The parents of Kate Steinle, the 32-year-old woman killed at a San Francisco pier Wednesday, say they are not focusing on the politics of the case, but rather on healing and on honoring Ms. Steinle’s memory.
The man who shot her, Francisco Sanchez, has seven felony convictions and has been deported five times to his native Mexico, fueling debate over immigration policy. Jim Steinle, Kate’s father, however, said Friday, “We’re not dwelling on that.”
Her mother, Liz Sullivan, also said, "Everybody is trying to put the political spin on it. But it happened, and there is no taking it back."
Steinle was walking with her father and a family friend Wednesday evening at the city’s bustling Pier 14 when Mr. Sanchez shot her in a seemingly random act of violence. He was detained an hour later.
Sanchez’s most recent run-in with authorities was in March, when Immigrations and Customs Enforcement (ICE) turned him in to San Francisco officials for an outstanding drug warrant. He was released less than a month later without prosecution, since officials said the marijuana possession case was over a decade old.
Though ICE issued a detainer for Sanchez requesting that he only be released into the hands of immigration authorities, San Francisco’s sanctuary ordinance says undocumented migrants cannot be handed over to immigration officials without a warrant for their arrest. Freya Horne, counsel for the local sheriff’s department, said no active arrest warrant for Sanchez was found.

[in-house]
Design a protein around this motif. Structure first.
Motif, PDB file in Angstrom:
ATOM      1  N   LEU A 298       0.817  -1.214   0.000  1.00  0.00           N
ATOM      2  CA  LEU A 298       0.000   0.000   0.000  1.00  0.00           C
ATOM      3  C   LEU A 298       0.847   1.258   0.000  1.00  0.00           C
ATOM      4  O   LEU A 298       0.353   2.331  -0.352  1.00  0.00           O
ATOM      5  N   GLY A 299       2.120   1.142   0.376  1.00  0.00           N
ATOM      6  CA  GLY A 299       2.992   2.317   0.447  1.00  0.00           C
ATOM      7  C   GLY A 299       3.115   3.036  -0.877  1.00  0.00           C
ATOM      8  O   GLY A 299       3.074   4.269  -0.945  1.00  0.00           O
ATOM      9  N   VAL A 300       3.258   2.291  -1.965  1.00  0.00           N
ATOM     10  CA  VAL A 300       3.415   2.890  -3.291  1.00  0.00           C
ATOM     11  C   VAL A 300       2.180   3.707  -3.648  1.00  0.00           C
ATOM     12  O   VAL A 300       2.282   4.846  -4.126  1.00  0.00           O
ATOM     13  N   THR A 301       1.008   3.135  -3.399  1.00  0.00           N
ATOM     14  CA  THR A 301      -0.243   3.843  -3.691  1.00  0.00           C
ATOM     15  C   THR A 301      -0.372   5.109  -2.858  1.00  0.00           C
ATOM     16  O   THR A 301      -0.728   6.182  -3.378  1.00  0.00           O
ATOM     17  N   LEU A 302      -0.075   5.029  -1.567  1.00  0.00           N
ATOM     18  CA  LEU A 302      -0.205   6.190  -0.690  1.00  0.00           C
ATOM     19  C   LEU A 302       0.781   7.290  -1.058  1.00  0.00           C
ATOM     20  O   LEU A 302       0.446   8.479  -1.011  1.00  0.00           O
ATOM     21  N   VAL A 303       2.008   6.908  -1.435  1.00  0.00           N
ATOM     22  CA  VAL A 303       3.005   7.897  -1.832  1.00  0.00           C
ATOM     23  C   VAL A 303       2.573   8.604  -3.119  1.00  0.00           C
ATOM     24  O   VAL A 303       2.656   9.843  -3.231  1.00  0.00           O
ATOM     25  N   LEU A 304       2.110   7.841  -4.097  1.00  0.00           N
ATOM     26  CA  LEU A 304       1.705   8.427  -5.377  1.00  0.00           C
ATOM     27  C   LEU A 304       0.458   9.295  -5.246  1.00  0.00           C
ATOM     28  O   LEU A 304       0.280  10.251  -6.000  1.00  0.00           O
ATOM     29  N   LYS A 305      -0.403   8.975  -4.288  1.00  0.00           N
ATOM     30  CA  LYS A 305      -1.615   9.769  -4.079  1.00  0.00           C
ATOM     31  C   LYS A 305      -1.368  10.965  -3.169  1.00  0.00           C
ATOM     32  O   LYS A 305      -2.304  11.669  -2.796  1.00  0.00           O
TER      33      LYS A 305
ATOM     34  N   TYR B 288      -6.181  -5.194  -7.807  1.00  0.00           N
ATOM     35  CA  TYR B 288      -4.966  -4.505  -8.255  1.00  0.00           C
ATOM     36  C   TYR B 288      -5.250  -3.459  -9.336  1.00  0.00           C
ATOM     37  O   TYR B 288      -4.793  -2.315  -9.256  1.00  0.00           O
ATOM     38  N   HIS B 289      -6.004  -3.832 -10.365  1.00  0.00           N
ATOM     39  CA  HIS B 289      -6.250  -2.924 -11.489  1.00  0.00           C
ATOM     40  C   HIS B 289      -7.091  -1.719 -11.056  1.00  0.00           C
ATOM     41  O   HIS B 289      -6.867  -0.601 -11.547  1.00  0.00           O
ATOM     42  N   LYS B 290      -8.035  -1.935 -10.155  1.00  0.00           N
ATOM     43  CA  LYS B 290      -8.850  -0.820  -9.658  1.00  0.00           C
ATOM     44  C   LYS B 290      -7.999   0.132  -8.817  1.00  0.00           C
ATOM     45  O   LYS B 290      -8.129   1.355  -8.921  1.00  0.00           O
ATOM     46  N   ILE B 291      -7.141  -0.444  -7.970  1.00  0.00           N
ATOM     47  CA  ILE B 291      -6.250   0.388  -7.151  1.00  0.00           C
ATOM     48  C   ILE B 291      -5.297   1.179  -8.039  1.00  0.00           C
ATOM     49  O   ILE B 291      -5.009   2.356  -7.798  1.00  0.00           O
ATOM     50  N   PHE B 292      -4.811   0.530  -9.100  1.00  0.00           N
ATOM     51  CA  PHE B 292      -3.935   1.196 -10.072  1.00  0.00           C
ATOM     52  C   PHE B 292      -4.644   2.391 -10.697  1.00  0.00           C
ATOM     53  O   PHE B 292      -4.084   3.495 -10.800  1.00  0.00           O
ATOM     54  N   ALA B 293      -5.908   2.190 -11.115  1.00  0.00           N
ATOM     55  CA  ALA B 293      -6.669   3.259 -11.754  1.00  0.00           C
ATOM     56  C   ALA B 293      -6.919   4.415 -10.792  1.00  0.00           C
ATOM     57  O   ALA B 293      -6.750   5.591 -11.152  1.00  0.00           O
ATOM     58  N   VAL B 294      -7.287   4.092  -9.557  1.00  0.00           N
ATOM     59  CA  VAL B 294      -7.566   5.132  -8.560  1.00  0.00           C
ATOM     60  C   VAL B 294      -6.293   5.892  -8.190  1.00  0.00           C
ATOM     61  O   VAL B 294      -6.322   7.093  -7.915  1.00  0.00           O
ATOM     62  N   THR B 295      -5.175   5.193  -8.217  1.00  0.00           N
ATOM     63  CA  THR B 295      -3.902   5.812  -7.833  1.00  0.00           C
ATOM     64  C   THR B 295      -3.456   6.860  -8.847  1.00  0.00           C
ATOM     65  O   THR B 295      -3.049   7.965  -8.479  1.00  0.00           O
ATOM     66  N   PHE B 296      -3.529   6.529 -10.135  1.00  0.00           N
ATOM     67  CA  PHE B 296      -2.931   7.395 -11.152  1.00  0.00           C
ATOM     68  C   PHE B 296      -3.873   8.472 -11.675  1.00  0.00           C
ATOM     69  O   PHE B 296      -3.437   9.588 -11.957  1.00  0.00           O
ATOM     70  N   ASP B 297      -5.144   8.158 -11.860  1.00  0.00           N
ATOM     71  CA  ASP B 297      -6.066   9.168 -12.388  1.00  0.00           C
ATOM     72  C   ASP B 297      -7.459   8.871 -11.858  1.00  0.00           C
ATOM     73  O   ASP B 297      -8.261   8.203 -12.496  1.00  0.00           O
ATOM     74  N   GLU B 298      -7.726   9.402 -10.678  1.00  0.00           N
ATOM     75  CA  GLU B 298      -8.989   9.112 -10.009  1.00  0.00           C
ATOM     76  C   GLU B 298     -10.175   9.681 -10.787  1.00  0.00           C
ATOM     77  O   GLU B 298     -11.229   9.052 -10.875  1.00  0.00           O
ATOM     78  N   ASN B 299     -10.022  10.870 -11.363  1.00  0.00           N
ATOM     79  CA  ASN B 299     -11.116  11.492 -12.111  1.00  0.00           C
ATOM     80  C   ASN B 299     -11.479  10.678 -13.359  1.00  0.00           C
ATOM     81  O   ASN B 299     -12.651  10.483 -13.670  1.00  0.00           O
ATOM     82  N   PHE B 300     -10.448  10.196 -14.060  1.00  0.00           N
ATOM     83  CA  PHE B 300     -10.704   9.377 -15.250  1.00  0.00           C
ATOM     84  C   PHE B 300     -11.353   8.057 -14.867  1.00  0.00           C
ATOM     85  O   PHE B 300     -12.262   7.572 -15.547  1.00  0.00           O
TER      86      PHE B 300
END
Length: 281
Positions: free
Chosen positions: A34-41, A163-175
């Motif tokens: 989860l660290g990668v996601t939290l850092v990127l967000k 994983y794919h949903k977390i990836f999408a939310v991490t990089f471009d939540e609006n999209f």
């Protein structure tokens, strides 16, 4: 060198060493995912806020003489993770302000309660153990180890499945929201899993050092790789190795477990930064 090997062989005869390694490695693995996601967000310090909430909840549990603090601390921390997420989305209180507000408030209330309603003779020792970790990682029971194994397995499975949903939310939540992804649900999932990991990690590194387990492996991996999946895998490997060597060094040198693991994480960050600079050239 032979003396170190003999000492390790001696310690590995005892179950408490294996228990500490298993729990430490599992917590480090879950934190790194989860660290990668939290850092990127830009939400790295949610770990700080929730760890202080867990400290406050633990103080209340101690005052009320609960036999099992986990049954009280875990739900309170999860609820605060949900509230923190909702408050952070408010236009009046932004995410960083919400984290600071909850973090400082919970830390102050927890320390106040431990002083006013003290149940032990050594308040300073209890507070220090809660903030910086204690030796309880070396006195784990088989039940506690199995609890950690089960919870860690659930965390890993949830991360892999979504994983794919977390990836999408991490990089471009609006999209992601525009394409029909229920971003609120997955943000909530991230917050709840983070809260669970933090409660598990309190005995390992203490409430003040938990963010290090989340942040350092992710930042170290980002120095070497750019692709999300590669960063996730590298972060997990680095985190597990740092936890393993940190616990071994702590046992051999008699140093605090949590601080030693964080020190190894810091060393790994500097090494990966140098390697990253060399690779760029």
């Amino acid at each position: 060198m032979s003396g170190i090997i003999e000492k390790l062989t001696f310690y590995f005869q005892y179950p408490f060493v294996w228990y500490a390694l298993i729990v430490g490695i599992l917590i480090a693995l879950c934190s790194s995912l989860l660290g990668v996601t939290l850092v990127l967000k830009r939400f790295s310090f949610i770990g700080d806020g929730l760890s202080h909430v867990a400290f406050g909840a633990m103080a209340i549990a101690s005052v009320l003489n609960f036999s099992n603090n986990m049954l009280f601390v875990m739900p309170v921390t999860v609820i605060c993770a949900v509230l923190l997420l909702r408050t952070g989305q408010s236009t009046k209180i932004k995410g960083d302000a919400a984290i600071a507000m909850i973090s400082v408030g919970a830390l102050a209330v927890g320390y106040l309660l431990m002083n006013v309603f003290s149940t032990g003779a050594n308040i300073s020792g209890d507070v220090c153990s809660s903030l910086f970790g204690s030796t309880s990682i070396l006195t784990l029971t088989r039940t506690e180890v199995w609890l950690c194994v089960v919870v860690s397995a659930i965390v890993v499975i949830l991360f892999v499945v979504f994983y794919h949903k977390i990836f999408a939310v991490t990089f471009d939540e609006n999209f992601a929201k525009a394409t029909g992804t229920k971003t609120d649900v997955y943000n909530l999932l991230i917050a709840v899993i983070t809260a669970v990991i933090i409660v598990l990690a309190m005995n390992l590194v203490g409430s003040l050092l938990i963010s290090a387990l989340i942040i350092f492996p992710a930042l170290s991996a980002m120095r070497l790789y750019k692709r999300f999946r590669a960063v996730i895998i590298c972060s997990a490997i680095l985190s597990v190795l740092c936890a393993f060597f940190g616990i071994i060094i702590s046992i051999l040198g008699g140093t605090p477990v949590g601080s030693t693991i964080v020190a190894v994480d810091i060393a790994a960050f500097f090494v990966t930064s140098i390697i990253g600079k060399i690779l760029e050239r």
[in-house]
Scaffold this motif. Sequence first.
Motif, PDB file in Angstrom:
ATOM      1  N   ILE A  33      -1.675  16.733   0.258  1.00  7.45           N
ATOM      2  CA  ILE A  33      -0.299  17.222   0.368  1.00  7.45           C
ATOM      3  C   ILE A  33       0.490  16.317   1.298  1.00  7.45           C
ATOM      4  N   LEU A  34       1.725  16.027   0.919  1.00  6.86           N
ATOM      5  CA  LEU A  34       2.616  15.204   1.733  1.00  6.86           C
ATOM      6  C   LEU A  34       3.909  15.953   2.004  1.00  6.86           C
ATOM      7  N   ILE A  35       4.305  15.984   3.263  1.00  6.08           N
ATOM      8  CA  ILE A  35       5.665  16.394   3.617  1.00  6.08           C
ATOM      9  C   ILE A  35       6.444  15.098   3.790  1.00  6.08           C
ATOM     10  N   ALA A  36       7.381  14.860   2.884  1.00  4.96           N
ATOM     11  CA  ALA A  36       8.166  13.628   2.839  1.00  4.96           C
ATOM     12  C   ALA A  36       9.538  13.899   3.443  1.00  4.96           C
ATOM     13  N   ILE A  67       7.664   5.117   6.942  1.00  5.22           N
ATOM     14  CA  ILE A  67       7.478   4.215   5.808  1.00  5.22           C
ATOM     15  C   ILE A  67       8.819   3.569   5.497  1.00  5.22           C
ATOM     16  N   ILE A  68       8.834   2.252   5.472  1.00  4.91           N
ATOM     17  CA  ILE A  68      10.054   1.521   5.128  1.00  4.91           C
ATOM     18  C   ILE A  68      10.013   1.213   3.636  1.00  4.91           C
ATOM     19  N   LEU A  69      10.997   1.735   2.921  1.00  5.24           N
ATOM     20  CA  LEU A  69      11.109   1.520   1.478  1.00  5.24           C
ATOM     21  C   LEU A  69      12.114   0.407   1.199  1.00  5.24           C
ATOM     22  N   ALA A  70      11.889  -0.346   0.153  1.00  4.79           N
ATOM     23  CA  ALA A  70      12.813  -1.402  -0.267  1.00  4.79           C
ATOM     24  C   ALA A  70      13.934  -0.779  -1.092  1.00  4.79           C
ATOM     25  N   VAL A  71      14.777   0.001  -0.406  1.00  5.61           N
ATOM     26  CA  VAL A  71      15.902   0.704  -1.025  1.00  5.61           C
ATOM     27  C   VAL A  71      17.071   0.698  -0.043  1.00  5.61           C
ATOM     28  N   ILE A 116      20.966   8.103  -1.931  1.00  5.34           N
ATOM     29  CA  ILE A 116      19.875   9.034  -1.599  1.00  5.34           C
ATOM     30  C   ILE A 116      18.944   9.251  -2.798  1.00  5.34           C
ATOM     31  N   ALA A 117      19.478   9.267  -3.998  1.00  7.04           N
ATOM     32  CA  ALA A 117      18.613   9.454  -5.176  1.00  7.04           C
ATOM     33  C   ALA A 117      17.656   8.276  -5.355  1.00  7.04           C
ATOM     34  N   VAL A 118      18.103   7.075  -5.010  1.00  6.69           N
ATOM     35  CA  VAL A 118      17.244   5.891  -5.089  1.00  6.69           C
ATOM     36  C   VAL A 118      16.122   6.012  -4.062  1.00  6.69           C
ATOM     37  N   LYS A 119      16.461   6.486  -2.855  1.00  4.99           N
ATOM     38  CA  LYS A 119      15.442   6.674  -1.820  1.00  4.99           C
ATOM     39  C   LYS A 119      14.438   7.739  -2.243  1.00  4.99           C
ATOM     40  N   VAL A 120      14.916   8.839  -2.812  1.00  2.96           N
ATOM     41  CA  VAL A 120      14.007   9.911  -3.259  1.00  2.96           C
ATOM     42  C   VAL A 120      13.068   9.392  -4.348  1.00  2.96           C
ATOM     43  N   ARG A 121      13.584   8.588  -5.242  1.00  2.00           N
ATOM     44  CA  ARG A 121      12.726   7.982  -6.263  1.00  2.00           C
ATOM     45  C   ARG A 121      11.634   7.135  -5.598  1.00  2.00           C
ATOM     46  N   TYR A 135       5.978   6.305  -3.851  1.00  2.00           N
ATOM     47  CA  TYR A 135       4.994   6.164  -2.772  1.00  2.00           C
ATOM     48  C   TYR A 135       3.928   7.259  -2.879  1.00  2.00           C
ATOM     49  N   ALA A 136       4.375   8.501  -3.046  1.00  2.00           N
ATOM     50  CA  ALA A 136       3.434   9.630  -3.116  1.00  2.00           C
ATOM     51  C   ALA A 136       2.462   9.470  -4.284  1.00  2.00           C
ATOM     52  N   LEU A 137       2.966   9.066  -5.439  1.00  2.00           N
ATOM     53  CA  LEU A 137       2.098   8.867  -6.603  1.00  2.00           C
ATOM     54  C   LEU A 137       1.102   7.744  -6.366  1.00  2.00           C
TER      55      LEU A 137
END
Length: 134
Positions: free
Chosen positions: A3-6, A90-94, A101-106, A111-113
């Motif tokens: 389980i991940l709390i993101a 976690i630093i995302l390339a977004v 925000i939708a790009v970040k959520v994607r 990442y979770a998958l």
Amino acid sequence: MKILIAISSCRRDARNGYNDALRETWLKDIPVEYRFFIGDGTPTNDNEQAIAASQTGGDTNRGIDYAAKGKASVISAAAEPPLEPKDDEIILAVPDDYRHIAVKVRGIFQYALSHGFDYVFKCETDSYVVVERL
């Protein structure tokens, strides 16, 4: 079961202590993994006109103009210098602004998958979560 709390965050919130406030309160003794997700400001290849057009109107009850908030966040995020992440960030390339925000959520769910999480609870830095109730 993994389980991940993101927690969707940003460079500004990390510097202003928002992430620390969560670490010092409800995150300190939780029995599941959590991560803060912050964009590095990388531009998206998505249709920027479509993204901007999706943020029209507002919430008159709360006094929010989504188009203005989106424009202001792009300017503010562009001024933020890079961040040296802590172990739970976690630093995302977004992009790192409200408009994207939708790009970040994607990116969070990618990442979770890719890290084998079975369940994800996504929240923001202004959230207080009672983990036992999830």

San Francisco resident Manuel Gabriel said he stopped by the pier Wednesday after seeing reports of the incident on the news. He said Sanchez’s immigration status should have no bearing on the crime; rather, his mental health is the primary issue at stake.
"US citizens also kill people," Mr. Gabriel said. "The issue shouldn't be whether or not he has documents. The question is why authorities would release someone who is not well mentally."
Steinle’s brother Brad set up a GoFundMe page to collect donations for the Steinle family and for charities representing causes his sister cared about.
He spoke to CNN’s Anderson Cooper Monday, echoing the sentiments of his parents.
“At a time like this … it would be easy for us to hate and be angry, but Kate wouldn’t want that so we’re trying to spread a message of love,” he said. “That’s what Kate would want.”
This report contains material from the Associated Press.